The nation’s artists have gradually been picking themselves back up since the election, aware that they’ve got real work to do in a Trump presidency — but the nation’s women artists are feeling especially nasty. And in NYC, a group of Brooklyn-based women have gone so far as to create a “Nasty Women” arts initiative, “calling all Nasty Women artists” for a group exhibition right here in New York City with the hopes of inspiring similar exhibitions in cities around the world.

Armed with the label Donald Trump once used to insult Hillary Clinton during debate season, the initiative, co-founded by Bushwick ceramics artist Roxanne Jackson and Crown Heights-based curator Jessamyn Fiore, hopes “to demonstrate solidarity among artists who identify with being a Nasty Woman in the face of threats to roll back women’s rights, individual rights, and abortion rights.”

Brokelyn chatted with Jackson about the show’s inception, what exactly makes a “Nasty Woman” artist, and the growing need for political art leading up to a Trump presidency.

“It’s a way to bring people together,” Jackson told Brokelyn. “To let people know that we’re not gonna forget about this, we’re not gonna stop protesting, this is not OK, we don’t agree.”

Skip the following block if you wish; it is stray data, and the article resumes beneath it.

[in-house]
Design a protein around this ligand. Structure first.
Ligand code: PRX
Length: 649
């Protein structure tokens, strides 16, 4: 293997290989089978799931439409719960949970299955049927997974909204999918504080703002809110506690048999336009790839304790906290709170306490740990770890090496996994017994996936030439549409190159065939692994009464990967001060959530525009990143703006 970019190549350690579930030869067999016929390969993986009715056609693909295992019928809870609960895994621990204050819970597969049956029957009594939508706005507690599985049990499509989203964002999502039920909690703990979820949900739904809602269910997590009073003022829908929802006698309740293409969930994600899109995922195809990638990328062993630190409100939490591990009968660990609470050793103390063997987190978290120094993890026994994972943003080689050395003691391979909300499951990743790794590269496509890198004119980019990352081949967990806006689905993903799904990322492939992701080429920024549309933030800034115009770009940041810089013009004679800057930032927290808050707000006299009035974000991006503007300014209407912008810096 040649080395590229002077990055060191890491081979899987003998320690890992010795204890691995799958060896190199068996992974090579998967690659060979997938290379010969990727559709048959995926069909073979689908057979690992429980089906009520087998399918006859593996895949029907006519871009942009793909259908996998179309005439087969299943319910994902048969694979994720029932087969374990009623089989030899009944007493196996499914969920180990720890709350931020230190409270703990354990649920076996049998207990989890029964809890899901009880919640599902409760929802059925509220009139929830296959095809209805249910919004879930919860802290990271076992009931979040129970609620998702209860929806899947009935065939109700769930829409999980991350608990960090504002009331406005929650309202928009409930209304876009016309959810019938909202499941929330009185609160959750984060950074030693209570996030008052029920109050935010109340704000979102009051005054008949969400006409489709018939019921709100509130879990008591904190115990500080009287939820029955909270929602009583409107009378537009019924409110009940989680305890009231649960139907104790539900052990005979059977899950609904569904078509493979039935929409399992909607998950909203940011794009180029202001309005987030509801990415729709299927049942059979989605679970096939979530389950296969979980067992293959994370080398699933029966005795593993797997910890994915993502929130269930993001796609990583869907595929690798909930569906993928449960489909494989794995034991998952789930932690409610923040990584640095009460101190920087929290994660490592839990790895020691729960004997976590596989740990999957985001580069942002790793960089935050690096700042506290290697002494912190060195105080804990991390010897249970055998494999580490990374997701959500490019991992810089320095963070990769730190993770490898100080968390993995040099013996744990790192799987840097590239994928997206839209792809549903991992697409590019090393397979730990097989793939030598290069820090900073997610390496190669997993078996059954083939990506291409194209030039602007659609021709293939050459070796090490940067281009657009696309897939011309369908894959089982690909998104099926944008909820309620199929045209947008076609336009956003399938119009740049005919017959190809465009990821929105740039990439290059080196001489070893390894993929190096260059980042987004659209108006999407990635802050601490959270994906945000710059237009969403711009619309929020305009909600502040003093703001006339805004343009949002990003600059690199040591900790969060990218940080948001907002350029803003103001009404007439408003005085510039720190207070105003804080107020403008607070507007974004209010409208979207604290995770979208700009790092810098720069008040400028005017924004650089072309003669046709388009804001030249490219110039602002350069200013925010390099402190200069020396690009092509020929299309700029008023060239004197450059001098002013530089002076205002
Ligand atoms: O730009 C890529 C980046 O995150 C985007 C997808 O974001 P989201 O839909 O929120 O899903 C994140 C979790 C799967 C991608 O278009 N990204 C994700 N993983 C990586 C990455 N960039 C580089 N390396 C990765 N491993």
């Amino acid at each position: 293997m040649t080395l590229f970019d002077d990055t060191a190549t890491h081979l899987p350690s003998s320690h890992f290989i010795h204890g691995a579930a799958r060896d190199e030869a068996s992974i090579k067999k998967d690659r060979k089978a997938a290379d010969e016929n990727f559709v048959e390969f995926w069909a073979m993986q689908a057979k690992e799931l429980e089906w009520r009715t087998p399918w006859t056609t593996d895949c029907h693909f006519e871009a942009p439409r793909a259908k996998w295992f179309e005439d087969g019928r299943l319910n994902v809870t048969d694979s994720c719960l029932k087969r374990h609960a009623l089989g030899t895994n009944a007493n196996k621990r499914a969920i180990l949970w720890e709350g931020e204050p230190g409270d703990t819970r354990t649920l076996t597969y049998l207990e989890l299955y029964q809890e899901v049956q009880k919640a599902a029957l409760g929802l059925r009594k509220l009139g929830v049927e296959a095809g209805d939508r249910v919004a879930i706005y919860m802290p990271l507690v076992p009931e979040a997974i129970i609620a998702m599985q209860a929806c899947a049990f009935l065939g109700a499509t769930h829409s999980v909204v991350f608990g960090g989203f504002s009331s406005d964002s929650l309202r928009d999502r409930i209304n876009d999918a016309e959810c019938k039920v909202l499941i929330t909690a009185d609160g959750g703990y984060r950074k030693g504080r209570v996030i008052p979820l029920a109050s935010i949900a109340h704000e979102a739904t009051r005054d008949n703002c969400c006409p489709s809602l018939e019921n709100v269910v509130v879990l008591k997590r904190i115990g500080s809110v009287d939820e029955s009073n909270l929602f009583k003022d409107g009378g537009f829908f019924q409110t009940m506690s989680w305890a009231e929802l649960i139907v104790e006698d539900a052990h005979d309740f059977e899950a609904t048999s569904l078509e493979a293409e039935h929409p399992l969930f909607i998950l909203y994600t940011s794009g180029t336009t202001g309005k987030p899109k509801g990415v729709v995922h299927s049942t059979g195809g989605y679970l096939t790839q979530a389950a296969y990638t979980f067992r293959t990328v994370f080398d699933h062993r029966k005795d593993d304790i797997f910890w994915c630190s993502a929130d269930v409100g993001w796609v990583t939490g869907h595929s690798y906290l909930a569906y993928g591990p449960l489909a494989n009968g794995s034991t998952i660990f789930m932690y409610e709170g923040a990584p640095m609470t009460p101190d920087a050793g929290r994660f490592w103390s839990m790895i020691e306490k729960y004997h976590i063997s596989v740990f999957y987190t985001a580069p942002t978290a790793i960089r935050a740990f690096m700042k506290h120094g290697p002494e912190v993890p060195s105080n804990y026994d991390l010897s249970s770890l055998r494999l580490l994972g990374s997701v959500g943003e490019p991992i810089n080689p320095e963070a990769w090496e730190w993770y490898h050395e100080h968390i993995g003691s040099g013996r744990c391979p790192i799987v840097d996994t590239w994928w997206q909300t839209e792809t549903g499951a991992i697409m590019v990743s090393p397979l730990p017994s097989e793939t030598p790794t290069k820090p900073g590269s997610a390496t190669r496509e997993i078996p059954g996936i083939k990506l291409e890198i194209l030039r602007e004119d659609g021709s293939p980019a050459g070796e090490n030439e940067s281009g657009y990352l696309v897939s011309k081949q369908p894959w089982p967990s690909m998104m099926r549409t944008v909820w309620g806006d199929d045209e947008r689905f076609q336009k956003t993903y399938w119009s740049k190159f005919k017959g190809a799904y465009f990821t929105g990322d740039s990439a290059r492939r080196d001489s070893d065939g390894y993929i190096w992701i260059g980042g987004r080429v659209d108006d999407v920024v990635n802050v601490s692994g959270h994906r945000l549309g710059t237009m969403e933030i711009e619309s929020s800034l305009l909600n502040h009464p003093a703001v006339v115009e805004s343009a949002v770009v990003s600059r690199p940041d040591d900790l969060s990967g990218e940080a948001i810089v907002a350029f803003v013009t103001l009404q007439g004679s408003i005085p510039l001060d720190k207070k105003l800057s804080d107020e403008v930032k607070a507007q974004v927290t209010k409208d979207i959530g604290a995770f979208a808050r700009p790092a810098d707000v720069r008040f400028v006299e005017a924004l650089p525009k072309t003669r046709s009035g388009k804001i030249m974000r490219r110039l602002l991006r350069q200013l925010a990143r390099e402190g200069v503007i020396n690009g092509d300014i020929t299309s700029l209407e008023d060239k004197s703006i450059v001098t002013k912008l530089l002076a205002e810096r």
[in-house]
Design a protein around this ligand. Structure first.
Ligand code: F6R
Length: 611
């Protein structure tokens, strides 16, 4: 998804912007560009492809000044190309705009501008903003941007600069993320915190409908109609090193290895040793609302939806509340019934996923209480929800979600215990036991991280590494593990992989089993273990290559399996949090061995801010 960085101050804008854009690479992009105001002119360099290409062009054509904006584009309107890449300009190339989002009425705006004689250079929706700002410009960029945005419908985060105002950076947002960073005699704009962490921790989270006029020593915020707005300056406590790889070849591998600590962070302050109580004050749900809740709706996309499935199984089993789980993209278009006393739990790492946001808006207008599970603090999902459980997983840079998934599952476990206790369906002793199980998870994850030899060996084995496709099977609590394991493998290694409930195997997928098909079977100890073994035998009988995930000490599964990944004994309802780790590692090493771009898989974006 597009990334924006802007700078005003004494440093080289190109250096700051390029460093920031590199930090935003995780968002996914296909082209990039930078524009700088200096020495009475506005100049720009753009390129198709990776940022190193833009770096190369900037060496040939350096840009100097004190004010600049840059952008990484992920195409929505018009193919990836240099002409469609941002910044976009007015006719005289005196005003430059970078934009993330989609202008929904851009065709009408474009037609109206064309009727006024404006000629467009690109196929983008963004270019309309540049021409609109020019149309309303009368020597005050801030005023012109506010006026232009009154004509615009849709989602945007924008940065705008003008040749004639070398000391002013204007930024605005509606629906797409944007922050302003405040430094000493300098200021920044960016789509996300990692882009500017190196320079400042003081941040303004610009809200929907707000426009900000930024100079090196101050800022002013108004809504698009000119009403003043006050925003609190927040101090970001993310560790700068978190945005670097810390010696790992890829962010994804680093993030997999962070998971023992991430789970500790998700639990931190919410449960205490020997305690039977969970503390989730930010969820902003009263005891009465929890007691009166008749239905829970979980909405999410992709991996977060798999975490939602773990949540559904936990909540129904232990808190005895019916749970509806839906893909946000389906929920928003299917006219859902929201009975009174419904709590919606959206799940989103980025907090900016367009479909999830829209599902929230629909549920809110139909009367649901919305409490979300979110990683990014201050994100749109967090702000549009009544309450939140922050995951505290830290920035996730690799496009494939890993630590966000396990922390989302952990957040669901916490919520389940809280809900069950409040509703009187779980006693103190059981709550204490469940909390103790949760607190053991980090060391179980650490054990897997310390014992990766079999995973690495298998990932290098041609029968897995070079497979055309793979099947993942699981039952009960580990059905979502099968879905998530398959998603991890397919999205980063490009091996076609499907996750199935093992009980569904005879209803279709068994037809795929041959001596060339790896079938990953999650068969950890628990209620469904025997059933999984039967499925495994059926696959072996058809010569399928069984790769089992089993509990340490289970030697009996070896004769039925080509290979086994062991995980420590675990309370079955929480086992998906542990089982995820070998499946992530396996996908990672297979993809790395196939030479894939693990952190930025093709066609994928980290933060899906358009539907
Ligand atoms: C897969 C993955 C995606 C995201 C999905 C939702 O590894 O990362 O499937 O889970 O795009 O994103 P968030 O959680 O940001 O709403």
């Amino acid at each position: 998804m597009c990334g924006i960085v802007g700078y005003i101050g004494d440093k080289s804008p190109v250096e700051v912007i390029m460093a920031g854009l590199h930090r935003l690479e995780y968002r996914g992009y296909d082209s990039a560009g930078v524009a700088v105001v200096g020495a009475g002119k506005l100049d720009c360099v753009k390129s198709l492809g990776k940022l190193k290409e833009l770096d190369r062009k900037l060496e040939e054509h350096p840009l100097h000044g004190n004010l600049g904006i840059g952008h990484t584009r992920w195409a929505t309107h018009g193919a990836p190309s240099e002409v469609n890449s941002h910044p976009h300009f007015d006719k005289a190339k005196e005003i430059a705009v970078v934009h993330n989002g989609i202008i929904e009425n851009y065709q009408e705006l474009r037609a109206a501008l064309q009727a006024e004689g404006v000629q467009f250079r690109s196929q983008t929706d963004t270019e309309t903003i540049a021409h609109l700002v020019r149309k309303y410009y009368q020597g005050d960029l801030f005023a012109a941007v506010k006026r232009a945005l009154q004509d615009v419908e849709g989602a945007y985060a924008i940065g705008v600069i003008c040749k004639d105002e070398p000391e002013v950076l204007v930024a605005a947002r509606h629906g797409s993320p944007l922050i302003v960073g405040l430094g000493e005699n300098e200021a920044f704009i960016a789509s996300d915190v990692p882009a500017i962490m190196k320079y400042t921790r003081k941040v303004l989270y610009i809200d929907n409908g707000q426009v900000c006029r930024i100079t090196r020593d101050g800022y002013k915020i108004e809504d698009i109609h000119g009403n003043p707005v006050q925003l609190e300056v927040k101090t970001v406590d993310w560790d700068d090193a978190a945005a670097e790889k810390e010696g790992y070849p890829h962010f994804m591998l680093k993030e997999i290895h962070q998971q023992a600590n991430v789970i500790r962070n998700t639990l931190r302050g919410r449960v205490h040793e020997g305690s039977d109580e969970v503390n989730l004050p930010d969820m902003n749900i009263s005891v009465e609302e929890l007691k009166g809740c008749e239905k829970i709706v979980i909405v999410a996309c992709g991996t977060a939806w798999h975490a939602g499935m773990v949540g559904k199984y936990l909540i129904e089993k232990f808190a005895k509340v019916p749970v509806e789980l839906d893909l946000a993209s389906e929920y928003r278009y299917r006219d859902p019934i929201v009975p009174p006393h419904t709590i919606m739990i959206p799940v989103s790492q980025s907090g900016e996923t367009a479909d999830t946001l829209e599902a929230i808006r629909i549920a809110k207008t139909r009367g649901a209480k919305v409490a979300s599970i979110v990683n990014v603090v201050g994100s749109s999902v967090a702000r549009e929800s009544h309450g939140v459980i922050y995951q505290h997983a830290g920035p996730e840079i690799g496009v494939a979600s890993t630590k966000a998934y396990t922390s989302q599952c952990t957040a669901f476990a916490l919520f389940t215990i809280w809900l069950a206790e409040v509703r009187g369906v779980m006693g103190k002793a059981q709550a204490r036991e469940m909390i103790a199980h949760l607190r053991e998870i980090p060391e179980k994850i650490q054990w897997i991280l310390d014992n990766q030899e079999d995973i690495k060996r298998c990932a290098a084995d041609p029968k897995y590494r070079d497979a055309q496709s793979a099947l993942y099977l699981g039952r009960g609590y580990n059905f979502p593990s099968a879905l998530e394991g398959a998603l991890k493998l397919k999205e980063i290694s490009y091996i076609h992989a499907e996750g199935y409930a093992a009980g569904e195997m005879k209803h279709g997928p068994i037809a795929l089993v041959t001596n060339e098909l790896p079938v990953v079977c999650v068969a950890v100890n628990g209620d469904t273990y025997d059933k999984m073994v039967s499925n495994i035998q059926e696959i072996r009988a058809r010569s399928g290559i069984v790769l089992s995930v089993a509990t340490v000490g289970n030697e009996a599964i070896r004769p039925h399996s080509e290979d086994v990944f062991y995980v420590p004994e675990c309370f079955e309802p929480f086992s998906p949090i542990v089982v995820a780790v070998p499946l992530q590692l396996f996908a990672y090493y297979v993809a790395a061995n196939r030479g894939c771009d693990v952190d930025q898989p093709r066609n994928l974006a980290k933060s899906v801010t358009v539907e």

Credit: Carolina Sandretto

The idea for Jackson and Fiore’s show first caught the attention of their own female-identified creative circles a few days after the election, when Jackson posted a call to arms on her Facebook page: “Hello female artists/curators! Lets organize a NASTY WOMEN group show!!! Who’s interested???”

The post drew enough reactions and responses to inspire a website for the project, which was designed by San Diego-based artist Barbara Smith. Fiore is on the curatorial board of the Knockdown Center, an arts venue in Maspeth, Queens, and coordinated with the venue to make the show happen there in January a few days before Trump’s inauguration.

“There’s not just an interest in it but a need,” Jackson told us. “To have a voice, to stand against upcoming oppressors in this visual art format.” 

Slated for a three-day installation at the Knockdown between Jan. 12 – 15, 2017, the show will consist of 10 ft. tall wooden letters spelling out N-A-S-T-Y  W-O-M-E-N, with contributors’ artworks hung on a durable mesh plastic material skinned around the letters.

“It’s more of a dramatic installation, the iteration at the Knockdown Center,” Jackson said, “but we’re talking with international venues to do their own version of the show.” 

As of today, a few “Nasty Women” shows have already been scheduled at galleries in a few other cities — among them a female-owned gallery in Brussels, the Mathilde Hatzenberger Gallery — and the organizers are in talks with another gallery in Glasgow. American arts venues have also reached out to the Nasty Women team from swing and red-leaning states like Arkansas and Ohio.